State v. DILLS STICE

Annotate this Case

244 Or. 188 (1966)

416 P.2d 651

STATE OF OREGON v. WANDA DILLS STATE OF OREGON v. CHESTER LEON STICE

Supreme Court of Oregon.

Argued June 8, 1966.

Affirmed July 14, 1966.

*189 Donald W. Monte, Eugene, argued the cause and filed a brief for appellant in each case.

John E. Moore, Deputy District Attorney, Eugene, argued the cause for respondent in each case. With him on the briefs was William F. Frye, District Attorney, Eugene.

Before McALLISTER, Chief Justice, and PERRY, SLOAN, HOLMAN and LUSK, Justices.

AFFIRMED.

LUSK, J.

The defendants, Wanda Dills, and Chester Leon Stice, her son, were indicted separately for the crime of first degree arson, the unlawful setting of fire to and burning a dwelling house: ORS 164.020. By agreement they were tried together, were convicted, and have appealed.

Since the defendant Wanda Dills assigns error to the court's denial of her motion for a directed verdict of acquittal based on the ground that the sole evidence *190 of her guilt was furnished by an accomplice, it is necessary to set forth the evidence in some detail.

The accomplice is Carolyn (also referred to as Marilyn) Sergeant. She was a friend and close associate of the defendant Wanda Dills.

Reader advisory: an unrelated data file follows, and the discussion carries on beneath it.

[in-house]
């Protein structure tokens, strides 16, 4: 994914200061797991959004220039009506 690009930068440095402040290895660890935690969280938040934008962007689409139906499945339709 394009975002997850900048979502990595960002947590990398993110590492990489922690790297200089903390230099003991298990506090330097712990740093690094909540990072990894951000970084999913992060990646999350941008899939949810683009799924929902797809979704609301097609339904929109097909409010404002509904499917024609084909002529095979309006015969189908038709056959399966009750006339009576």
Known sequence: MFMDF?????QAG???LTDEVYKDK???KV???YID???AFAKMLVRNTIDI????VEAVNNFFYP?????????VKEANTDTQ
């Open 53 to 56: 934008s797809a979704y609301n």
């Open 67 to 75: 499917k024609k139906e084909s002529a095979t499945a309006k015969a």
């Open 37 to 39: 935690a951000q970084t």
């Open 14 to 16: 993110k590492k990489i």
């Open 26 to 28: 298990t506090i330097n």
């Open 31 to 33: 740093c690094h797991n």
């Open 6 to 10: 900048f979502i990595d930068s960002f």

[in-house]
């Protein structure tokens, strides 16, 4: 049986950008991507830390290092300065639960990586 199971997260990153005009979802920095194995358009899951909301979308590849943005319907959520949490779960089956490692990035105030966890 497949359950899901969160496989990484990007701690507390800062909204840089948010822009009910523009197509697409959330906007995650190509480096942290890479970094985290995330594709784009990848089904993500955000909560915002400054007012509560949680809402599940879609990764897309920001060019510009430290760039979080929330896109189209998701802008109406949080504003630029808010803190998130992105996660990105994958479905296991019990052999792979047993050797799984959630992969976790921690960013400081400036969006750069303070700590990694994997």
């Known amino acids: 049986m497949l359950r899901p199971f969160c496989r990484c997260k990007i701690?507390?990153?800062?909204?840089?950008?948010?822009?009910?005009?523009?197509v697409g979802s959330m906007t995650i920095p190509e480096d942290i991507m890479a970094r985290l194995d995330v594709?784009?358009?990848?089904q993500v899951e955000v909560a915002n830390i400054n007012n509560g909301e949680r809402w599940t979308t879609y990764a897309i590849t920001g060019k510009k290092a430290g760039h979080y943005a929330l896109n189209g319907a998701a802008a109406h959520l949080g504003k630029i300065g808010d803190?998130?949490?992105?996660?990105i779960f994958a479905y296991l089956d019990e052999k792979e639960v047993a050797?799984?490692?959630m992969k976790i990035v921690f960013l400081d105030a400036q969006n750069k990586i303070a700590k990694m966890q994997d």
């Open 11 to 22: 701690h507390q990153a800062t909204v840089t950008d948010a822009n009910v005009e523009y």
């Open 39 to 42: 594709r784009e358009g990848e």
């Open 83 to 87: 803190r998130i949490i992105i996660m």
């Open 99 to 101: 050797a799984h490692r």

In May of 1964 Mrs. Dills and Mrs. Sergeant occupied adjoining apartments in a house in Glenwood, a suburb of Eugene, Oregon. As a witness for the state, Mrs. Sergeant testified that about May 21, 1964, she helped Mrs. Dills move her household effects and furnishings to a house on Coburg Road, located about four miles from downtown Eugene, which Mrs. Dills had rented from the owner, David Pruitt. This is the house that was burned. Mr. Pruitt's home was on adjoining property some fifty feet away from the rented house. The fire occurred in the early morning hours of May twenty-fourth. At the same time that Mrs. Dills moved from the Glenwood house Mrs. Sergeant also moved to a house in a place called Pleasant Hill in the Eugene area. On the afternoon before the fire she and Mrs. Dills "took a whole trailerload of stuff up and put it in the [Pleasant Hill] house and locked it up." The "stuff" referred to consisted of clothing and household furnishings and equipment belonging to Mrs. Dills which had previously been moved into the Coburg Road house, together with a lamp that belonged in the Coburg Road house and which Carolyn Sergeant admitted she stole. They removed this property because the house was to be set afire. In furtherance of this purpose, before going to Pleasant Hill they left an iron plugged in on an ironing board. Later, they returned to the Coburg Road house and found that the hot iron had scorched a dress left on the ironing board and the ironing board cover, but, as nothing had caught fire, Mrs. Sergeant ignited some *191 clothes hanging over the ironing board with a cigarette lighter, saying to Mrs. Dills she "thought that this would take." Mrs. Sergeant, Mrs. Dills and Stice then left in Mrs. Dills' car, driven by Stice, for a nightclub called "Bimbo's," located about midway between Eugene and Springfield. Stice dropped the other two off at Bimbo's, with the understanding that he would pick them up later. He returned about 2:30 a.m. In the meantime, however, Mrs. Dills had gone to the Coburg Road house (accompanied, as she testified, by a man named Donovan). On her return to Bimbo's she told Mrs. Sergeant that the house was full of smoke and she could not stay there. When Stice returned to Bimbo's the three of them drove to the Coburg Road house by a back road with the lights of the car out, and upon their arrival there Stice went into the house and came back to the car saying he had started the fire again. They thereupon drove to a restaurant called "Snappy's Service" in downtown Eugene. Looking back, they saw that the house was in flames. They were joined at Snappy's Service by Mrs. Dills' daughter, Glenda, and her girl friend, and had been there about an hour and a half when Steve Dooley who had helped with the moving and was staying at the Coburg Road house came by and said the house was on fire. They raced to the fire. By the time they got there the house was "completely enveloped." The Pruitt home had also caught fire, but the firemen had succeeded in putting it out.